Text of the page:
So far you’ve learned Aristotle’s method for categorizing syllogisms.

The beauty of it is that it’s exhaustive: there are only 256 different possible categorical syllogisms, and exactly 15 of them are valid.

So we can evaluate any syllogistic argument by seeing whether or not it’s one of the valid forms.

But there are two important clarifications you need to know about.

Aristotle thought that his system of category logic exhausted all of logic.

First, Aristotle thought that his system of category logic exhausted all of logic.

He thought that any sentence could be paraphrased as one of his forms. And he thought that any valid inference had to be one of his syllogisms (or one of the derivative inference he identified).

For a long time history agreed with Aristotle: for two thousand years everyone thought that Aristotle had started and finished logic. There was nothing else to do but memorize Aristotle’s forms and syllogisms.

Medieval logicians even gave Aristotle’s syllogisms names based on the vowels. For example, “Barbara” was AAA, and “Darii” was AII. And they made up poems to help them remember which syllogisms were valid in which figures.

We now know that not all valid inferences can be modeled in Aristotle’s system.

However, we now know that he was wrong about that: not all valid inferences can be modeled in Aristotle’s system.

For example, the disjunctive syllogism (PvQ and ~P entail Q) depends on truth functional logic. Truth tables will show you that the disjunctive syllogism is valid, but Aristotle’s categorical syllogisms won’t.

That is one reason why you are learning a full first-order logical system (FOL) in this book instead of just focusing on Aristotle’s logic. We now know that FOL is far more powerful than Aristotle’s logic.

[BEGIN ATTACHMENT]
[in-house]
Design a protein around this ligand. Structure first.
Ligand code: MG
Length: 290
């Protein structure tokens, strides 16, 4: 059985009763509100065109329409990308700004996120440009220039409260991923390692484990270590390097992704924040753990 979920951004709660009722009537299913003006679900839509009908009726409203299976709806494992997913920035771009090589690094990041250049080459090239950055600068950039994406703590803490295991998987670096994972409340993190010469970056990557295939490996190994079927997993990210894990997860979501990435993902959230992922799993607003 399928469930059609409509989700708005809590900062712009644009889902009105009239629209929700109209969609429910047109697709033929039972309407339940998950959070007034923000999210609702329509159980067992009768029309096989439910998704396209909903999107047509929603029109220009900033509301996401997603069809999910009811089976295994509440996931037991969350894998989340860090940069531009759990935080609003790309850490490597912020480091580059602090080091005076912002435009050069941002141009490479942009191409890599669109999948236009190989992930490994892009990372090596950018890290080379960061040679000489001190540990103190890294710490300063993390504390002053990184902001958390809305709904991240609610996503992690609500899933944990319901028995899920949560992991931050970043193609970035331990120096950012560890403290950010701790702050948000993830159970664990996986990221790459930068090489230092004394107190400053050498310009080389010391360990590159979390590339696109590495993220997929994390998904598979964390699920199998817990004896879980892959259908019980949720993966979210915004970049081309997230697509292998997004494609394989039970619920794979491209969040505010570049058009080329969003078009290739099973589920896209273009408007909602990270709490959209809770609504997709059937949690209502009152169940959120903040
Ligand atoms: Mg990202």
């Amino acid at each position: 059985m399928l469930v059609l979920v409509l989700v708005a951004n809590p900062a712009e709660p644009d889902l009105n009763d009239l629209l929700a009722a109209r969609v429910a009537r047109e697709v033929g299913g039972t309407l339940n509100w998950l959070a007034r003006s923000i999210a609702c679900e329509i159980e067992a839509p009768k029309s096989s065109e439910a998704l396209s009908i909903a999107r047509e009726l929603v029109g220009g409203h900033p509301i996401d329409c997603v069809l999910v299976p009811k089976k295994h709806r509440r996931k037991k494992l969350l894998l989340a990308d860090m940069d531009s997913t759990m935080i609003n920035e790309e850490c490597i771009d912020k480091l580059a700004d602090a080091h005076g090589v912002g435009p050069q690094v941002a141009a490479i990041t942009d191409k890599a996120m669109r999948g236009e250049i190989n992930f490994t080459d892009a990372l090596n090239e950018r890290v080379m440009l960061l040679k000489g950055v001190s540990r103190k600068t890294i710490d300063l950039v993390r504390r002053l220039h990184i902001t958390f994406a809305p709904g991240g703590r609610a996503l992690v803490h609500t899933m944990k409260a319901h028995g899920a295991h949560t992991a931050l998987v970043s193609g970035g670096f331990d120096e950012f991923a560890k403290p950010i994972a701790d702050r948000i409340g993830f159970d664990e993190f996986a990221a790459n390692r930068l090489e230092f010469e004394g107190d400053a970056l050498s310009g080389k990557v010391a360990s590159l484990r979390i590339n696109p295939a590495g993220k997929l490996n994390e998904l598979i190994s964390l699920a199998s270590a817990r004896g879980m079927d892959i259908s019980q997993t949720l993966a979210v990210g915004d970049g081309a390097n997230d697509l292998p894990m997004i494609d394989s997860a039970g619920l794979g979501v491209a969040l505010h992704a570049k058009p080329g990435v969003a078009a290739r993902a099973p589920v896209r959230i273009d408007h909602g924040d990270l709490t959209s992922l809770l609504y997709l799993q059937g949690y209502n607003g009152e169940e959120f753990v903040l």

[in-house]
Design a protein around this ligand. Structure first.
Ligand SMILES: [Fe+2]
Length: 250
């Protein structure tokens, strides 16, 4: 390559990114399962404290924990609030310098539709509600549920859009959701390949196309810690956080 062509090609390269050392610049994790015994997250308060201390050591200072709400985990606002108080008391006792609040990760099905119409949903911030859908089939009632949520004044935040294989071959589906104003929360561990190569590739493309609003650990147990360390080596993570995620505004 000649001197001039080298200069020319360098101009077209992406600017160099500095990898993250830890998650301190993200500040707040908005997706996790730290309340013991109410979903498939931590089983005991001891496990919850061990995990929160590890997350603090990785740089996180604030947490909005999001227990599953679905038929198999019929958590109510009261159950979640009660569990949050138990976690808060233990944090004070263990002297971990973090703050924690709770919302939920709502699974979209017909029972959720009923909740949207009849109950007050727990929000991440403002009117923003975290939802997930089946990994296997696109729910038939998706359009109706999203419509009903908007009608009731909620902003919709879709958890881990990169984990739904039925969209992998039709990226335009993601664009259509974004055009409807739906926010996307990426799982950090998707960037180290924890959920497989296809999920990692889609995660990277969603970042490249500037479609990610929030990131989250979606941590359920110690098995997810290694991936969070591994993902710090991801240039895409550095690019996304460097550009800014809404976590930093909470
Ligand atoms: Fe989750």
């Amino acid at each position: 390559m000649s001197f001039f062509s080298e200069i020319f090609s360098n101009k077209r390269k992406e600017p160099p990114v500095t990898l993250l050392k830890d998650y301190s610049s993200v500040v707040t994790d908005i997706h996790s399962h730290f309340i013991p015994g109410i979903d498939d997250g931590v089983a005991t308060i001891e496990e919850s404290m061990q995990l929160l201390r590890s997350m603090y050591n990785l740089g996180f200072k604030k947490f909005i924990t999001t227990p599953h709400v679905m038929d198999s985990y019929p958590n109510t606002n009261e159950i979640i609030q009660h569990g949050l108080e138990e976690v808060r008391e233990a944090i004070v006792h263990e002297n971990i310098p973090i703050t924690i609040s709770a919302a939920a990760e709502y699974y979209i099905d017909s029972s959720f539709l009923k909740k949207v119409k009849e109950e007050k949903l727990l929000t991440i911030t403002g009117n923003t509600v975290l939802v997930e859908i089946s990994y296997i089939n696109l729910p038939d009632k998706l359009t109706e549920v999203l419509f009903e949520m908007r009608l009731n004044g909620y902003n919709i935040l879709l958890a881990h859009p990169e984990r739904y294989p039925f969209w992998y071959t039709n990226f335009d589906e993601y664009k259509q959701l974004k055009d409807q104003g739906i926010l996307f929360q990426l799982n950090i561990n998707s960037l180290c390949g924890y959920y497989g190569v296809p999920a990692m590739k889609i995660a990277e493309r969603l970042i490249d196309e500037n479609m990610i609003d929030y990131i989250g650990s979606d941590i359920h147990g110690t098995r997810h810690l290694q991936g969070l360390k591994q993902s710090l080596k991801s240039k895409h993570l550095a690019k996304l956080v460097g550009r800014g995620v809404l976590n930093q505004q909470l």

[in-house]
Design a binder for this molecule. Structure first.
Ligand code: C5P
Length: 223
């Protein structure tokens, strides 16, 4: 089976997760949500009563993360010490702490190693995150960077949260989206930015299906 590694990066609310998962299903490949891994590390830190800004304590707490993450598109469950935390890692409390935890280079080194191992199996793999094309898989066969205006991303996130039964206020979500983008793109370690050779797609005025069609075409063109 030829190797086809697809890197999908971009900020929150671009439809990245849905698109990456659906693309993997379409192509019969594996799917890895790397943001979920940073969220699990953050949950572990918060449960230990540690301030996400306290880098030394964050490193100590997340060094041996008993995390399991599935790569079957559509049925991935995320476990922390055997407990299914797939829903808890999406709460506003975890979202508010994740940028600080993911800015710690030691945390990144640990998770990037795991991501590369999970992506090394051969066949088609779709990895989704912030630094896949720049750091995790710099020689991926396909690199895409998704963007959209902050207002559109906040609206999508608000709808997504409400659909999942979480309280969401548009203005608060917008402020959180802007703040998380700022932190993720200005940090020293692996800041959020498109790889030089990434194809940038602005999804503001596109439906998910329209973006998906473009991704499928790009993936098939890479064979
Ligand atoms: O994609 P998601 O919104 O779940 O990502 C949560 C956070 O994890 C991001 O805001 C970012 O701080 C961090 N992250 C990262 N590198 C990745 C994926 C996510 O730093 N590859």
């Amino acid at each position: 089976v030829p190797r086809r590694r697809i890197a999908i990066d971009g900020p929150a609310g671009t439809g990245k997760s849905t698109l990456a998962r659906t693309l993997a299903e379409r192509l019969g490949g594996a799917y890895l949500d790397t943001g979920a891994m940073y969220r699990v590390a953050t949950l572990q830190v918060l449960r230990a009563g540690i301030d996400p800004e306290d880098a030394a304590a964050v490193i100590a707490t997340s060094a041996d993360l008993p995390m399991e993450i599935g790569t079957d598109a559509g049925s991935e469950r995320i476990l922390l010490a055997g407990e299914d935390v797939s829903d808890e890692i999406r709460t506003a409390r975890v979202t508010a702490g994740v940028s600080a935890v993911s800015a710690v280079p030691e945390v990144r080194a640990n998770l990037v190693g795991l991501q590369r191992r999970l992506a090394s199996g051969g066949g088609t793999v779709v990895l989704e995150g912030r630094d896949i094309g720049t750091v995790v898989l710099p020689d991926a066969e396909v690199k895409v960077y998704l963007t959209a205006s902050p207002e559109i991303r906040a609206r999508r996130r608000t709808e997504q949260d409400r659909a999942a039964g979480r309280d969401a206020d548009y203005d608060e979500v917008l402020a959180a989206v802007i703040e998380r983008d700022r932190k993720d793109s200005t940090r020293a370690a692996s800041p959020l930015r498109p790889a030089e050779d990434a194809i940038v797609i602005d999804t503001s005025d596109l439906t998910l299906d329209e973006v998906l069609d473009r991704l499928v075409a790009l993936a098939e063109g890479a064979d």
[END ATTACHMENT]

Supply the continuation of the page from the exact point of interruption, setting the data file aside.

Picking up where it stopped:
Aristotle did not believe in vacuously true generalizations, but modern logicians do.

The second clarification is another point of disagreement between modern logicians and Aristotle.

Recall vacuous generalizations from Section 23.3: “All Ps are Q” is trivially true whenever there are no Ps.

Aristotle disagreed: he thought that “All Ps are Q” entails “Some Ps are Q.”

**The Existential Assumption:** belief that “All Ps are Q” entails “Some Ps are Q.”

Since “All Ps are Q” entails the existence of Ps, according to Aristotle, this is called the **existential assumption**.

Aristotle believed the existential assumption.

Because Aristotle believed the existential assumption, he thought that there were more valid syllogisms than we do. Besides the 15 valid syllogisms we mentioned, Aristotle thought there were 9 additional valid ones.

We are only telling you this in case you encounter Aristotle’s logic in other sources and don’t understand why they think there are 24 (15+9) valid syllogisms. You don’t need to learn these additional facets of Aristotle’s logic, because they are not important from a modern point of view.

From the modern perspective, the only entailments that hold between individual forms are the contradictories you learned in Section 24.4.

- “All Ps are Q” entails the negation of “Some Ps are not Q” (and vice versa).
- “No Ps are Q” entails the negation of “Some Ps are Q” (and vice versa).

It is common to represent these facts in a square, called the “Modern” Square of Opposition.

Since Aristotle believed in additional entailments, his view is captured by a more complicated diagram often called the “Traditional” Square of Opposition, which you do not need to know. In our first-order logical system, only the “modern” square is relevant.

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